Should Trumka run a primary campaign against Pres. Obama?

This is an excellent speech, in nearly every respect. Its tone, its politics, its principles, its wide, but primarily class, appeal. I consider only one, POSSIBLE, improvement: Trumka should consider entering the presidential primaries, at least in some states.

Its the one primary challenge to Obama that I think MIGHT be the STRONGEST tactic in consolidating Obama himself around better positions, and in preventing the Democratic Party from straying further to the right under the Republican/reaction assault. I have no fear of Trumka playing a spoiler or negative role in the manner of Nader,  although there is some danger and risk with any challenge of weakening the front against the right. I would expect Obama to still be the likely nominee, but a carefully crafted initiative led by labor could negate the factional danger, a danger that I think least risky with TRumka, as opposed to some others. The opportunity to strengthen progressive forces, especially the working class, within the anti-right, pro-democratic majority -- could be profound. The key question of our time, and of this entire economic and social crisis, is working class mobilization and self-organization. The political arena is where it has to happen.

Interested to hear others views on this.

Remarks for AFL-CIO President Richard L. Trumka, National Nurses United Assembly, Washington, DC
June 07, 2011

Thank you, Rose Ann [DeMoro], for inviting me here today – there's nowhere I'd rather be and there's nobody I'd rather be standing beside.

And thank you, nurses! It's great to see each and every one of you in Washington! I love the way nurses fight for patients, for quality care, for fairness and progressive values!

You're standing tall all across our country, and you make the entire labor movement better for it! You make America better every single day.

And let me tell you this, your nine points that together describe our shared values, truly illustrate your commitment to all the working men and women, all the children and all the seniors of our communities and our country.

Your commitment to a single-payer health care system is inspiring, and the idea of paying for it with a financial speculation tax is just.

And let me congratulate you on your tremendous organizing successes in Florida and Texas, and on winning your contract at Washington Hospital Center!

Your organizing and your actions, including your daylong strike right here in DC, are powerful statements for middle-class standards. 

Back in early March, I went down to Washington Hospital Center – one of the most renowned hospitals in Washington -- and I rallied with the nurses there.

A few weeks earlier, I was told, only two nurses had been scheduled overnight to work in Labor and Delivery.  Two nurses!

That night, each nurse carried a patient load of six women who were delivering babies. That meant that each nurse cared for 12 patients. Six moms and six newborns! That's too many. Thank God there were no emergencies, and thank you for speaking up about it!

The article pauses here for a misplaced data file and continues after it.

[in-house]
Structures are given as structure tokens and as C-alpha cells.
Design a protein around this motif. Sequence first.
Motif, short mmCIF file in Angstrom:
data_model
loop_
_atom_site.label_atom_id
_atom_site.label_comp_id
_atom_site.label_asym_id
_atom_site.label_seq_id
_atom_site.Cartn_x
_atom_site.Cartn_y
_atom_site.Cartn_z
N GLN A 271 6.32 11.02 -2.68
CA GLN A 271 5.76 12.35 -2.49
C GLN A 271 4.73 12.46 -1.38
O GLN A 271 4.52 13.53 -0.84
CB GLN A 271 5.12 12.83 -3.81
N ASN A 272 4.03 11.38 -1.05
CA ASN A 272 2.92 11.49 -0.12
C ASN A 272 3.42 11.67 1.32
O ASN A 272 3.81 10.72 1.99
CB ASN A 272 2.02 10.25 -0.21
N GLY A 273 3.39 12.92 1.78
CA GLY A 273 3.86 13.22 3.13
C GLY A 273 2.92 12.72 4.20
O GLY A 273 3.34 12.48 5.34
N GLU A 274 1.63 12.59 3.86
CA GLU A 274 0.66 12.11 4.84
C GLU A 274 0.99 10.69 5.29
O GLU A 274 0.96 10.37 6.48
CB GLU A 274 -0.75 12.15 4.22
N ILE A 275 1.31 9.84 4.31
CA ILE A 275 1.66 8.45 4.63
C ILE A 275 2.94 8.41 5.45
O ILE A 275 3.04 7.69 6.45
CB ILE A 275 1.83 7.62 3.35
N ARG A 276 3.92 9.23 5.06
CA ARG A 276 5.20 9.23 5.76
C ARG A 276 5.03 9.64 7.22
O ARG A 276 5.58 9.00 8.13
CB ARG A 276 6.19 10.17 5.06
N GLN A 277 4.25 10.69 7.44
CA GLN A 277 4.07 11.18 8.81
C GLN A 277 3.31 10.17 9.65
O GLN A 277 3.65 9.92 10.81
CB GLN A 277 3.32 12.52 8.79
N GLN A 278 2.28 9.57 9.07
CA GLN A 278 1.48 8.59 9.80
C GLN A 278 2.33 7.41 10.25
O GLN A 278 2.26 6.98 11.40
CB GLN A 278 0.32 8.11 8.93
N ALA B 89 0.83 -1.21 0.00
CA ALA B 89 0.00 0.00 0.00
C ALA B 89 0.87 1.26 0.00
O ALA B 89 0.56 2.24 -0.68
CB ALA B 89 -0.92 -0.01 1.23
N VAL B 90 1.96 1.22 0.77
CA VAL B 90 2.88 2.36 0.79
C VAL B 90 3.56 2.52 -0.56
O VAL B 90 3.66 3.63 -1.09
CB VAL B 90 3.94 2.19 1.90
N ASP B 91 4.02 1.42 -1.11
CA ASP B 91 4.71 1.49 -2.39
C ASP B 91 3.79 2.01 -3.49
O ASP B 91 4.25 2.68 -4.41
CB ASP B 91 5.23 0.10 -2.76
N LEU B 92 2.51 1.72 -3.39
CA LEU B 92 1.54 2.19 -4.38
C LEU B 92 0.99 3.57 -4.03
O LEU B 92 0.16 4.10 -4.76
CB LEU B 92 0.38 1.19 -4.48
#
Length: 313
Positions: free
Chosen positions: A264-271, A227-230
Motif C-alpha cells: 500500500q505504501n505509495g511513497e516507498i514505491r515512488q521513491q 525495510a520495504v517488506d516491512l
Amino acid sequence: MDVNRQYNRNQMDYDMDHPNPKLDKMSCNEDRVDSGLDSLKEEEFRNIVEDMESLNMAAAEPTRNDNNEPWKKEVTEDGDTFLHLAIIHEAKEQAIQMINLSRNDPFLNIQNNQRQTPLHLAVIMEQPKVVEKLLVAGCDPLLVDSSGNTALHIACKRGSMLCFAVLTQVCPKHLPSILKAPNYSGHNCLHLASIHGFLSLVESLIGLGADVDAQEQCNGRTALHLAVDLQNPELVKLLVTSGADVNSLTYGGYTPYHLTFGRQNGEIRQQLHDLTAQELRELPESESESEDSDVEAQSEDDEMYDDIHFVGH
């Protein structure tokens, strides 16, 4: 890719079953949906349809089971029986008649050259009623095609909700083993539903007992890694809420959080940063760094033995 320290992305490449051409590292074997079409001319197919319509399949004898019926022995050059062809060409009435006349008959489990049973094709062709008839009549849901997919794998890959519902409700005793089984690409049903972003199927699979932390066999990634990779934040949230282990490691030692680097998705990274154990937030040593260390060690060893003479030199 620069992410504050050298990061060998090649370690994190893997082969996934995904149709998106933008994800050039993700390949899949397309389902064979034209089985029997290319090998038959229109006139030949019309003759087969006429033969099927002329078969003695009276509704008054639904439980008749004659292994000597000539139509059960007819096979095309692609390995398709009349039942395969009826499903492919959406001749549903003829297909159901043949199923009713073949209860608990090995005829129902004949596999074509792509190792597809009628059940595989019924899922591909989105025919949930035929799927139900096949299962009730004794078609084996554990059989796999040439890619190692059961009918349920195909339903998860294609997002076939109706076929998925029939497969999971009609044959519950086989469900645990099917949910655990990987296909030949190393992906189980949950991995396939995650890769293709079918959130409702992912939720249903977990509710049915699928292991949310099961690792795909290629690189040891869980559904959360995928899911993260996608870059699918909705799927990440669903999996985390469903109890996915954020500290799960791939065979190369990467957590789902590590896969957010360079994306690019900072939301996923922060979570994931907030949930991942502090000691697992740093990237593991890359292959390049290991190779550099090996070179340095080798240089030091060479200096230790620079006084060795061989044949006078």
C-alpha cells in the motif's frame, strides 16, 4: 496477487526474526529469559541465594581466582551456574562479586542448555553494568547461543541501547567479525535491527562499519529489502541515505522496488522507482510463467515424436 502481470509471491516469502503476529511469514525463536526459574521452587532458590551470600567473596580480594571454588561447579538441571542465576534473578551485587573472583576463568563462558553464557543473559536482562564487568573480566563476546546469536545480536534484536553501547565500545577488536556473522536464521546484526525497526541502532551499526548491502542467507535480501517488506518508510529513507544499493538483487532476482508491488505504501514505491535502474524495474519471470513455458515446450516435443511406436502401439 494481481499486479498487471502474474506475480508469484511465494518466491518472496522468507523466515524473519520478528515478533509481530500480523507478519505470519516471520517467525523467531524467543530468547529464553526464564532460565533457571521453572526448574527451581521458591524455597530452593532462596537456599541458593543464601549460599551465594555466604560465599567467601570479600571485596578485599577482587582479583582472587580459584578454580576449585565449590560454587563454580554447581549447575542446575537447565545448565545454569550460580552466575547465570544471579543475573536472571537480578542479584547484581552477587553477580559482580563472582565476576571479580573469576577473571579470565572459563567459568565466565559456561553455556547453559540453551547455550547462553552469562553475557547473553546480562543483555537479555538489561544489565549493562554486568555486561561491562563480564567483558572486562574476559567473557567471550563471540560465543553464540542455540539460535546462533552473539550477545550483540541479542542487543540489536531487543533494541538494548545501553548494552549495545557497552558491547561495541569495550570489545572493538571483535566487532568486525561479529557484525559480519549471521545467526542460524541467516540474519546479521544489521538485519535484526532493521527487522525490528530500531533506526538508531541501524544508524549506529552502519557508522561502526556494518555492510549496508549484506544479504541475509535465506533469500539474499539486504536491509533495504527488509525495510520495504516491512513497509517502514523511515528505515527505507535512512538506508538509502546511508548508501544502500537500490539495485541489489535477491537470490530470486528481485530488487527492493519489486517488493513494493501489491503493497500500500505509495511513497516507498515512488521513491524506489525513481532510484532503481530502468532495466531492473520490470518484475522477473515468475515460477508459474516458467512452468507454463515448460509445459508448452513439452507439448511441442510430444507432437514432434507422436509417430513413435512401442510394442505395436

Why were only two nurses scheduled? Not for a lack of money, I can tell you that.  And not for a lack of quality nurses.

No, two were scheduled because two is cheaper than three.

Without your voice, two nurses would have been scheduled in Labor and Delivery, until there was an emergency, until something went terribly wrong, until a tragedy occurred, and that is not OK.

Without your voice, the Wall Street ethic would have continued to run rampant at Washington Hospital Center – and at health care facilities all over America.

Your work's not done there, but you've made your mark. It takes nurses who truly care about quality care to raise a stink about staffing decisions, so patients don't have to suffer.

And it takes nurses who truly care about a fair shake for Main Street to raise a stink about the Wall Street agenda, so working Americans don't have to suffer!

You won't be quiet, will you?  No. I know you won't be silenced.

You know, it's the same thing all over. Right here in Washington, politicians are fighting over how much to cut from our federal budget, but not because America's broke. The fact is, our nation has never been richer!

This deficit hysteria is an excuse, nothing less, for politicians to pay back their Wall Street backers with more tax cuts.

Instead of downsizing, American needs jobs -- jobs with living wages.

Instead of demonizing teachers, we need to prepare our children for the future by making sure every single one of them has access to quality public education.

Instead of downgrading public pensions, we need to make sure all working people have solid retirement security.

Let me say it again: America is not broke.

But working people feel poor because our nation's wealth has all gone to only a handful among us, and they and the Wall Street politicians would rather break promises to our parents and grandparents and deny our children a future than pay their fair share of taxes.

Still, a lot of people are saying, "I don't need government services. I made it on my own and you should, too." But I say to anybody who buys into that myth: We didn't build this country with a philosophy that says, "I got mine."

My father and grandfather didn't get out of the mines alive by taking care only of themselves. We did it with each other, for each other. United.

Some of us may have climbed the ladder, but all of us built the ladder—we make it possible with our public education system, our local governments and our roads and highways.

In the labor movement, we're all about that ladder.